I have really something great to share. This time about a film titled ‘Sita Sings the Blues’. This movie is remarkable not for only it’s feature-length animated treatment of the Ramayana, that has well worth every minute of your time, or just for wonderful elements of mythology with the winsome voice of Jazz singer Annette Henshaw.
This film is remarkable because it shows how one person with a laptop and something to say can make a masterpiece. This is more remarkable because of it’s attitude to a film as a part of open source.
This film was directed by Nina Paley, an American cartoonist, animator and free culture activist. She was the artist and often the writer of comic strips Nina’s Adventures and Fluff, but most of her recent work has been in animation. She released this film on the Internet under the Creative Commons License.
This movie uses an unique distribution system. It was released for free download starting in early March, 2009 “at all resolutions, including broadcast-quality, HD, and film-quality image sequences”, licensed under the Creative Commons Attribution-Share-alike 3.0 Unported license. The freely downloaded files will count as “promotional copies” and will thus be exempt from payments to the copyright holders of the songs.
She puts a welcome note on movie’s official site:
I hereby give Sita Sings the Blues to you. Like all culture, it belongs to you already, but I am making it explicit with a Creative Commons Attribution-Share Alike License. Please distribute, copy, share, archive, and show ‘Sita Sings the Blues’. From the shared culture it came, and back into the shared culture it goes. You don’t need my permission to copy, share, publish, archive, show, sell, broadcast, or remix Sita Sings the Blues. Conventional wisdom urges me to demand payment for every use of the film, but then how would people without money get to see it? How widely would the film be disseminated if it were limited by permission and fees? Control offers a false sense of security. The only real security I have is trusting you, trusting culture, and trusting freedom.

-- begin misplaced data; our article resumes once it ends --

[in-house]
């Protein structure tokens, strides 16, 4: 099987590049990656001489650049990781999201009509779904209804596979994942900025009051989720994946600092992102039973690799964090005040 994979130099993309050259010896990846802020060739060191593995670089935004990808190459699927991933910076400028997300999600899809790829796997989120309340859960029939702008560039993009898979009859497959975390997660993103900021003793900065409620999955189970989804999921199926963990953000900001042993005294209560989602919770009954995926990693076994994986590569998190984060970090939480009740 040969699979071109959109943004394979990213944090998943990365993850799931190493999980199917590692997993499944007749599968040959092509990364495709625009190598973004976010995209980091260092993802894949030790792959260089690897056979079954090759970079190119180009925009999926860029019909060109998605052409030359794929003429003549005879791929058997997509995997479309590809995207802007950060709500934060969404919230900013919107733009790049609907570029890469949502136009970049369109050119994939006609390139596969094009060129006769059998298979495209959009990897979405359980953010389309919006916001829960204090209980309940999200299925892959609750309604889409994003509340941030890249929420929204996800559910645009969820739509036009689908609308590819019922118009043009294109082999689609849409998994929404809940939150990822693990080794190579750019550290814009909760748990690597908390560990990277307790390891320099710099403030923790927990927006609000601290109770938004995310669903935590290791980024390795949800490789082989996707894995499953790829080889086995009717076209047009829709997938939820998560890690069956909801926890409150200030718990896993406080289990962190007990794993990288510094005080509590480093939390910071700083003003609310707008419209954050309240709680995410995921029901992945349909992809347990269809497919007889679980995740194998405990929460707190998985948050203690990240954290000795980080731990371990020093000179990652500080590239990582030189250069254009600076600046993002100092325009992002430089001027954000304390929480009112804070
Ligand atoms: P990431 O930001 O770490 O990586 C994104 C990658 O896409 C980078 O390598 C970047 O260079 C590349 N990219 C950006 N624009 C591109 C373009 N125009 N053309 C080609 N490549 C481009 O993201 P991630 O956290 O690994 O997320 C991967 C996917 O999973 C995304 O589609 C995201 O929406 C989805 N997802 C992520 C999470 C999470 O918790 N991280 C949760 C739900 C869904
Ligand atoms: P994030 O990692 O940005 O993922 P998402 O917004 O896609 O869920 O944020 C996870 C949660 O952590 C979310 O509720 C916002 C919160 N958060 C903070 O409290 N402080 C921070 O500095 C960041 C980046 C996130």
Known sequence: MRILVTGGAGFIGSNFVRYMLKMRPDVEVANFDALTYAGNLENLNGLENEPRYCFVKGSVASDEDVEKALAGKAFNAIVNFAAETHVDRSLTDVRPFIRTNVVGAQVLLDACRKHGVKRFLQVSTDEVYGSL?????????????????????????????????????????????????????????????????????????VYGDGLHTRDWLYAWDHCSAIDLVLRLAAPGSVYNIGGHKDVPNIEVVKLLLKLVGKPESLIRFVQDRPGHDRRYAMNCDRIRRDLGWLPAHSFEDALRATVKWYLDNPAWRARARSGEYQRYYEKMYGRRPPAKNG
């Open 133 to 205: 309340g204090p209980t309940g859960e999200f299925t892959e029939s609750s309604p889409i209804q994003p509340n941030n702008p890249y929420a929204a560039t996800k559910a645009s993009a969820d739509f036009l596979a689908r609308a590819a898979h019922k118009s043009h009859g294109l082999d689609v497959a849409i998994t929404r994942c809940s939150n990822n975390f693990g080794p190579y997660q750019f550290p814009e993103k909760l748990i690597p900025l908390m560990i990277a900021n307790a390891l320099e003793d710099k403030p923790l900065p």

‘Sita Sings the Blues’ has won a number of awards. Though it creates a lot controversy around it. In April 2009, a group called the Hindu Janajagruti Samiti started a petition demanding “a complete ban on the movie and initiation of legal action against all those who have been involved in production and marketing of this derogatory act against the entire Hindu community.
Eminent critic and writer Amitava Kumar worte abot this film:
The film returns us to the message that is made clear by every village-performance of the Ramlila: the epics are for everyone. Also, there is no authoritative narration of an epic. This film is aided by three shadow puppets who, drawing upon memory and unabashedly incomplete knowledge, boldly go where only pundits and philosophers have gone before. The result is a rendition of the epic that is gloriously a part of the everyday.